One year ago, Psychiatric News reported on a most contemporary
child custody case, pitting two halves of a fractured lesbian civil
union—and two states—against each other. Now the Vermont Supreme
Court has ruled that Vermont and not Virginia holds exclusive jurisdiction in
The custodial and biological mother, Lisa Miller-Jenkins, now lives in
Virginia, while her former partner, Janet Miller-Jenkins, lives in Vermont,
where civil unions are legal. They joined there in a civil union in 2000, and
Lisa filed in Vermont to dissolve the union in November 2003. Vermont
recognizes the parental rights of Janet Miller-Jenkins to the child, Isabella,
now 4 years old, and its Supreme Court has ruled in favor of her right to see
the girl. It also reaffirmed a Vermont Family Court contempt order against
Lisa Miller-Jenkins for failing to comply with its visitation order. The
Vermont Psychiatric Association filed an amicus brief in the case, supporting
Janet Miller-Jenkins's right to parental visitation.
Action in the case is expected to move to a three-judge panel of the
Virginia Court of Appeals, which stayed an earlier ruling in the case pending
the Vermont court's ruling. If Lisa Miller-Jenkins files an appeal, which is
highly likely, the Virginia court will have to uphold or reject a lower
court's decision that Virginia's Marriage Affirmation Act supersedes Vermont
law. Lisa Miller-Jenkins's attorneys also cited the federal Defense of
Marriage Act on their client's behalf.
Were this a case of battling heterosexual parents, there would be little to
argue about, said Cheryl Lynn Hepfer, J.D., of Rockville, Md., president of
the American Academy of Matrimonial Lawyers. Federal laws in place for two
decades say that the state where parties first file holds jurisdiction, she
"Anything else would be truly contrary to general law in custody
cases," she said. "Today lawyers advise parents not to take the
child to another state in the hopes of finding a more favorable court. The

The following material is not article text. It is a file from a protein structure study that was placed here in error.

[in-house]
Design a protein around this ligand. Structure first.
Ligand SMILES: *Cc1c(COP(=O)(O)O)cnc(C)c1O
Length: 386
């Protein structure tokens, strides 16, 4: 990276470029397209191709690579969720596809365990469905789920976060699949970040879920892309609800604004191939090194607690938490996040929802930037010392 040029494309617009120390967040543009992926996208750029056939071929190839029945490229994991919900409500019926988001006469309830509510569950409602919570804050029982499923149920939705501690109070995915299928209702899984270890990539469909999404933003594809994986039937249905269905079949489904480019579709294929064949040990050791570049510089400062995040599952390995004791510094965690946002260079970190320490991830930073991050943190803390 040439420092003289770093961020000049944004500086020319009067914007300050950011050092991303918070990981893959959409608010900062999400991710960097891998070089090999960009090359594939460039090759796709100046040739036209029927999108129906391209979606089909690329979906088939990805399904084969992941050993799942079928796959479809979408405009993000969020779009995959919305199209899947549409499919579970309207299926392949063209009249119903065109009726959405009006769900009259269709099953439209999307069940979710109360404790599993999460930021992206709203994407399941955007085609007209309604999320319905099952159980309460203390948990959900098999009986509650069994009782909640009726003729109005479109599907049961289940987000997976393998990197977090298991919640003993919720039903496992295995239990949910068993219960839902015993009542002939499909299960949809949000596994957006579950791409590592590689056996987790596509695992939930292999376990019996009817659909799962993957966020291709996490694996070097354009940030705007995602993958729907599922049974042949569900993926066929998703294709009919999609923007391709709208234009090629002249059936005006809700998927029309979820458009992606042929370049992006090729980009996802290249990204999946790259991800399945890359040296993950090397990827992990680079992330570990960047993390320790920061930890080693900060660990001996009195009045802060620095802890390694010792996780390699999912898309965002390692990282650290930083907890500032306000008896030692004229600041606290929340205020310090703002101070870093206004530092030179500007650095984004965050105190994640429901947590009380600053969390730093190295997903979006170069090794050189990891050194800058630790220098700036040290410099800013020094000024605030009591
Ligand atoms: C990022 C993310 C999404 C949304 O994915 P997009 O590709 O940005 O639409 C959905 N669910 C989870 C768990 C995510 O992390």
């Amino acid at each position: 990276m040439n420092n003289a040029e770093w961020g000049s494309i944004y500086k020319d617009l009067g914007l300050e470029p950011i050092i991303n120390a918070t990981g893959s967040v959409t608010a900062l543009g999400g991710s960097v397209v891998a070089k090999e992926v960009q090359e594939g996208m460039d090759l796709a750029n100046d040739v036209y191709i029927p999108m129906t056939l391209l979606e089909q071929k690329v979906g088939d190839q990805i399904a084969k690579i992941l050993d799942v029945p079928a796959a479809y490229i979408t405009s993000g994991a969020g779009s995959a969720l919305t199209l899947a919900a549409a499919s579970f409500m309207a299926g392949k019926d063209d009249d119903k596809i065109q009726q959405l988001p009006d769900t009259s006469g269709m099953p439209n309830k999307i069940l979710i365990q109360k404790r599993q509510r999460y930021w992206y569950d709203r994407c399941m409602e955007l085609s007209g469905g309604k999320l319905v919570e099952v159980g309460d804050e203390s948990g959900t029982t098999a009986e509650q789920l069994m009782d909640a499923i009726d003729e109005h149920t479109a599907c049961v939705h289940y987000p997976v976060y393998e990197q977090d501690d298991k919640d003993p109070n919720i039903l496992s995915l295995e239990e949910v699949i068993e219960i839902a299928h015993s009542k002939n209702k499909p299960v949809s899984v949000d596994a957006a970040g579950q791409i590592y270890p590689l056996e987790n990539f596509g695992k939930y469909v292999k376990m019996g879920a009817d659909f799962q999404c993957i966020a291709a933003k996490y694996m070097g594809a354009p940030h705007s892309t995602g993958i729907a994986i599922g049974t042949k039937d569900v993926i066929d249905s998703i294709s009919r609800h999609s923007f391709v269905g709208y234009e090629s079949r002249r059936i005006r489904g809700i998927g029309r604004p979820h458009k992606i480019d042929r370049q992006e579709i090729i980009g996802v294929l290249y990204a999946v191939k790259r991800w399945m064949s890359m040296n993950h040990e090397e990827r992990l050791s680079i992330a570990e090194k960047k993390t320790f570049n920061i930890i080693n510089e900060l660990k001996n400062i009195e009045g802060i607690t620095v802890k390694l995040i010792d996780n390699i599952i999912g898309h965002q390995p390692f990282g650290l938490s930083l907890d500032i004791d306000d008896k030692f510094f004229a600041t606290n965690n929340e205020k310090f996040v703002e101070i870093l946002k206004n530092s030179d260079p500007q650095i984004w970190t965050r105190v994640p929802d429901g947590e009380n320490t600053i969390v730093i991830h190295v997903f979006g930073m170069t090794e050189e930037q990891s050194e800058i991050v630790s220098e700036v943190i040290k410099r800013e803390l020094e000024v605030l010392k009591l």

consequence is substantial and not in the best interests of the
A reversal of such general law would have the effect of overturning
standards for all custody proceedings, not just those involving same-sex
couples, said Hepfer.
Janet Miller-Jenkins's legal argument would appear to also have the backing
of other legal precedents, said attorney Joseph Price, J.D., her pro bono
Virginia lawyer. "The rule is to apply the most specific and most recent
legislation, and since the Parental Kidnapping Protection Act was amended more
recently than the federal Defense of Marriage Act, I would expect a favorable
However, with an appeal in Virginia by Lisa Miller-Jenkins likely, said
Price, a final ruling may not come soon. Delays may have more than legal
ramifications if Janet Miller-Jenkins cannot see her child for several years,
he added. He cited another case in which so much time went by during appeals
that the second parent was barred from seeing the child on the grounds that
she was now a stranger.
Letting that happen, he said, "would amount to allowing Lisa to get
away with kidnapping."
The Vermont Supreme Court decision in Miller-Jenkins v.
Miller-Jenkins [2006 VT 78, Nos. 2004-443 & 2005-030] is posted at<http://dol.state.vt.us/gopher_root3/supct/current/2004-443.op>.▪